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Views Can Be Deceiving: Improved SSL Through Feature Space Augmentation

Kimia Hamidieh · Haoran Zhang · Swami Sankaranarayanan · Marzyeh Ghassemi

Halle B #286
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Tue 7 May 1:45 a.m. PDT — 3:45 a.m. PDT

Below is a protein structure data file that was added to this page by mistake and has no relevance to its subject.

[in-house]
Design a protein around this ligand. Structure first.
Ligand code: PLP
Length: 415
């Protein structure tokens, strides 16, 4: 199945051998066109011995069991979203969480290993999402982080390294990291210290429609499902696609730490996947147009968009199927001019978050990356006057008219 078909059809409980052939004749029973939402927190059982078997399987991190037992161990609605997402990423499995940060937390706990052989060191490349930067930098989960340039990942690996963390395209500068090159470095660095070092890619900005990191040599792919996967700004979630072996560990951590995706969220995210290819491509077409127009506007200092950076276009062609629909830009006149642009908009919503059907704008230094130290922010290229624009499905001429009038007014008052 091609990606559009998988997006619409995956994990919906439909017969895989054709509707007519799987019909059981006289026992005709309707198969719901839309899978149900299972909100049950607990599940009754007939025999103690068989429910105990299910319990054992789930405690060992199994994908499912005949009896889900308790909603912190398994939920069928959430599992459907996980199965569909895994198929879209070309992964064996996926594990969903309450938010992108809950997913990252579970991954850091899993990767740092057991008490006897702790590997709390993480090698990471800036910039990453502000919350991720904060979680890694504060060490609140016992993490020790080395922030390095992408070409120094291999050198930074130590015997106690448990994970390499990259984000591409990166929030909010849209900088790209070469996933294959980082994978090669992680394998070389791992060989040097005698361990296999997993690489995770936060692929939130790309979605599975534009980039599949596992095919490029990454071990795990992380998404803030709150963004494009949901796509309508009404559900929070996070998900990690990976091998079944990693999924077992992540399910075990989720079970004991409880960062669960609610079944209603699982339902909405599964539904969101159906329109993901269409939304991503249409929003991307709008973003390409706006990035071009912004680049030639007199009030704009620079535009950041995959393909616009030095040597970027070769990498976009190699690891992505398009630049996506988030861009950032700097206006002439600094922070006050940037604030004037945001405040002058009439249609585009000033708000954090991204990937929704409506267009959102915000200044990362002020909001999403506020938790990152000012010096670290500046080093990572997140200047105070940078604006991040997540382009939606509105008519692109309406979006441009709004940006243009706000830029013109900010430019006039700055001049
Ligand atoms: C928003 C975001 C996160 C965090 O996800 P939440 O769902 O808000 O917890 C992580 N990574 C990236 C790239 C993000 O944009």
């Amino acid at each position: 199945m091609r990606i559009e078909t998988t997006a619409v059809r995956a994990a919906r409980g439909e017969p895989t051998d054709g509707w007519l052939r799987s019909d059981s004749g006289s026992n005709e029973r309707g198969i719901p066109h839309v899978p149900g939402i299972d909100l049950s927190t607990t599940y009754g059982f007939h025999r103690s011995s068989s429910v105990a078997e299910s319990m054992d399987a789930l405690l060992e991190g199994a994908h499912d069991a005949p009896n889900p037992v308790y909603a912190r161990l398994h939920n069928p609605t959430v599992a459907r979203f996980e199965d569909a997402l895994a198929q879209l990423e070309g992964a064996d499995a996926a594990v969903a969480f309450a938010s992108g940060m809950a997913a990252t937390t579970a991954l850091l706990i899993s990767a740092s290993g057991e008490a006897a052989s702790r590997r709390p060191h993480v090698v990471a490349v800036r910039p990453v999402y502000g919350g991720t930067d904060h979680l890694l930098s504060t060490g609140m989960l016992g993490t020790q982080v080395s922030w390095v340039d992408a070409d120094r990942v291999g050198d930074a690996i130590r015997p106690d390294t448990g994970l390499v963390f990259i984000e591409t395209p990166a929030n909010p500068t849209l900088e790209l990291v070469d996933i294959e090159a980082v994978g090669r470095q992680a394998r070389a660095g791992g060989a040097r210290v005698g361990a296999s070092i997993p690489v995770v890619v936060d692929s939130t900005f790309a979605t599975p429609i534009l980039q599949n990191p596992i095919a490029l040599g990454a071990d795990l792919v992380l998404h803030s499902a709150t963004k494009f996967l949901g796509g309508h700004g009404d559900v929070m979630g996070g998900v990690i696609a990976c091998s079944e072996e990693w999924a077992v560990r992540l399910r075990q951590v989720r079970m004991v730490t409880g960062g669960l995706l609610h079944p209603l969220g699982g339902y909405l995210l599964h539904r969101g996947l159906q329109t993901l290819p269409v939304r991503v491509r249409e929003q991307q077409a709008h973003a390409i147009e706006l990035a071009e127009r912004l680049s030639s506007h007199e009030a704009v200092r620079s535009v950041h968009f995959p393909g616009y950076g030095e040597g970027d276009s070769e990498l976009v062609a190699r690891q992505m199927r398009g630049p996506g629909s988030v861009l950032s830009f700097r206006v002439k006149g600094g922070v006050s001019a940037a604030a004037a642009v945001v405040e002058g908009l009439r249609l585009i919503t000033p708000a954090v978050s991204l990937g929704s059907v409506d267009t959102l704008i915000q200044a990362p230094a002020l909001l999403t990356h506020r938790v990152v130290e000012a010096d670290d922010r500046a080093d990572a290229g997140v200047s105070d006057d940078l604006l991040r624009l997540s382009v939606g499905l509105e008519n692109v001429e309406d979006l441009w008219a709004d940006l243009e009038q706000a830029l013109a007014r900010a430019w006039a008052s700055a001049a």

Supervised learning methods have been found to exhibit inductive biases favoring simpler features. When such features are spuriously correlated with the label, this can result in suboptimal performance on minority subgroups. Despite the growing popularity of methods which learn from unlabeled data, the extent to which these representations rely on spurious features for prediction is unclear. In this work, we explore the impact of spurious features on Self-Supervised Learning (SSL) for visual representation learning. We first empirically show that commonly used augmentations in SSL can cause undesired invariances in the image space, and illustrate this with a simple example. We further show that classical approaches in combating spurious correlations, such as dataset re-sampling during SSL, do not consistently lead to invariant representations. Motivated by these findings, we propose LateTVG to remove spurious information from these representations during pre-training, by regularizing later layers of the encoder via pruning. We find that our method produces representations which outperform the baselines on several benchmarks, without the need for group or label information during SSL.

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